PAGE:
The ethanol conundrum
For Minnesota politicians, ethanol is the classic no-brainer issue. You are either pro-ethanol or don't want to get re-elected. For Minnesota environmentalists, it is a more complicated matter. While everyone with any green in their blood agrees on the need to develop alternative fuels, ethanol remains controversial because of the long running debate over whether its production requires more energy than it actually creates. "What I would really love is to get all the researchers in the same room and watch them duke it out and see who convinces me," says Jeanette Brimmer, legal director of the Minnesota Center for Environmental Advocacy.
Given such ambiguities, it is hardly surprising that the MCEA does not have a global position on the virtues of ethanol. "There are some good ways to do ethanol and there are some really bad ways. We're still trying to sort through that," explains Brimmer. "So our approach is a devil's in the details approach."
With rising gasoline prices fueling an unprecedented ethanol boom, those details are suddenly more critical than ever. Currently, there are 16 ethanol plants operating in Minnesota, which can produce about 600 million gallons of ethanol annually (or approximately 13 percent of the national capactiy). With eight new facilities in the planning stages, that output could triple by 2008.
To date, most proposals have zipped through the state's regulatory process, which is administered mainly by the Minnesota Pollution Control Agency. That's not to say there hasn't been controversy. As Dennis Lien of the Pioneer Press has reported, ethanol production requires a lot of water--between four and five gallons per gallon of ethanol. Because many of these proposals call for plants to be built in areas with problematic or otherwise diminished water supplies (mainly, in agricultural zones in the western and southwestern parts of the state), water use has become a highly contentious matter.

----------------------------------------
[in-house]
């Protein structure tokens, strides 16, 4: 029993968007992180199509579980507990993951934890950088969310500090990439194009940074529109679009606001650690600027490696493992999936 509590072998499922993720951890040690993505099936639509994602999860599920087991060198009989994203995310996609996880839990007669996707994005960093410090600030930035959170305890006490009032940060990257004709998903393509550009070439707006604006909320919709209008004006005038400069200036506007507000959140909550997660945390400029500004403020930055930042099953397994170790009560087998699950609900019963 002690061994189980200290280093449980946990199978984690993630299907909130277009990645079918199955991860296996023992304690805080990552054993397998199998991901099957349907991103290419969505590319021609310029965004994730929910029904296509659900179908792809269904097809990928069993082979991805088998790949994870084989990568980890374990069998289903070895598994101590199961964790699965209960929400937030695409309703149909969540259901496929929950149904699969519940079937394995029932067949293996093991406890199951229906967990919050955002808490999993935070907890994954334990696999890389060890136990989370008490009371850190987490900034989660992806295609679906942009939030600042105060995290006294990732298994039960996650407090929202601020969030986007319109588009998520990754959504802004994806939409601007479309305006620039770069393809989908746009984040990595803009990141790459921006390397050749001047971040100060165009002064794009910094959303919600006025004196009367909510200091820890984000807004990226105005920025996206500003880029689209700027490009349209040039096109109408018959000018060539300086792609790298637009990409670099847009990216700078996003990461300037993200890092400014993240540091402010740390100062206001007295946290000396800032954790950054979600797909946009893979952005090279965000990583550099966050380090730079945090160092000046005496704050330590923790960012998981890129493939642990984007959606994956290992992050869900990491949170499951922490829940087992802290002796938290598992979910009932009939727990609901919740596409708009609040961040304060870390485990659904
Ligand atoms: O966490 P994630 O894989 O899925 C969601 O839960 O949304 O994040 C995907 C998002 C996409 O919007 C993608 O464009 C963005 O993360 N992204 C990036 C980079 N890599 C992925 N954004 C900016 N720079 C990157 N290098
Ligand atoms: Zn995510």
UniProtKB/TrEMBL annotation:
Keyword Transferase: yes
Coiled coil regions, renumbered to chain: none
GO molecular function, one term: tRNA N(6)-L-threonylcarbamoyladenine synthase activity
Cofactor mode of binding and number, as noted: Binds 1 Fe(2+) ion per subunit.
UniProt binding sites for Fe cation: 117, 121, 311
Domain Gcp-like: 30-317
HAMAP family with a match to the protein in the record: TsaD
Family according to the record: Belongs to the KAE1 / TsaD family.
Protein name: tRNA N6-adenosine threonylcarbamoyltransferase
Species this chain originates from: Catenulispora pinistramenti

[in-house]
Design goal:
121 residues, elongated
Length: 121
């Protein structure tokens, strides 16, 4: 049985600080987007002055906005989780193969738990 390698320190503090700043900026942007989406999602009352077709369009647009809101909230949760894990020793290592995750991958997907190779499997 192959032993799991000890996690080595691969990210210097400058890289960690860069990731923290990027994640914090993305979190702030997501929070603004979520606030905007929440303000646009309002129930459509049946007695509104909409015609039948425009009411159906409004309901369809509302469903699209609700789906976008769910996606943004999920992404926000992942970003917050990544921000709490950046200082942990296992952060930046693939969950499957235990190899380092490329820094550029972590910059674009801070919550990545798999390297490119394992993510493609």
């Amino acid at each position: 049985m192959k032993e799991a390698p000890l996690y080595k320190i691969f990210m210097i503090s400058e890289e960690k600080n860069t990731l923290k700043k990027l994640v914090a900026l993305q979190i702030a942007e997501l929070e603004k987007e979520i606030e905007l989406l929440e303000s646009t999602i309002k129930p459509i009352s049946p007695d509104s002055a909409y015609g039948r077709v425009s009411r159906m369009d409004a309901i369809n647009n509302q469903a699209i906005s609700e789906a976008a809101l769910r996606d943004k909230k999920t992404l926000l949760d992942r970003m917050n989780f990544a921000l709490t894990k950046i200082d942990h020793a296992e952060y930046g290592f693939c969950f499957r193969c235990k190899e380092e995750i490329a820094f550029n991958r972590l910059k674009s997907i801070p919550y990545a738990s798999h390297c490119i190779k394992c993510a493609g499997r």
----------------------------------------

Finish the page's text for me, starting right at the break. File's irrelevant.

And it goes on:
For Brimmer, an equally disturbing trend is the push to use coal--instead of natural gas--to power ethanol plants. Economically, the rationale isn't hard to see. One 2004 study showed that plant operators can save 70 percent on fuel costs by using coal; since then, natural gas prices have only continued to soar. But among environmentalists, even so-called "clean coal," is an anathema (or as Brimmer puts it, "an environmental oxymoron").
That's why the MCEA sued the Minnesota Pollution Control Agency after the agency granted a permit to the Heron Lake BioEnergy LLC, which aims to build a $97 million coal fired ethanol plant in the southern Minnesota town of Heron Lake. The Minnesota Court of Appeals is expected to rule on MCEA's lawsuit Monday. However that suit plays out, Brimmer anticipates more skirmishes because of the economic attractiveness of coal.
She also lays some blame at the feet of the MPCA, which, she says, has routinely fast-tracked ethanol proposals and cow-towed to the agendas of ethanol backers. That said, Brimmer adds, there is considerable uncertainty how the MPCA will process applications in the future. Earlier this month, the MPCA replaced its entire ethanol team, even the lawyer.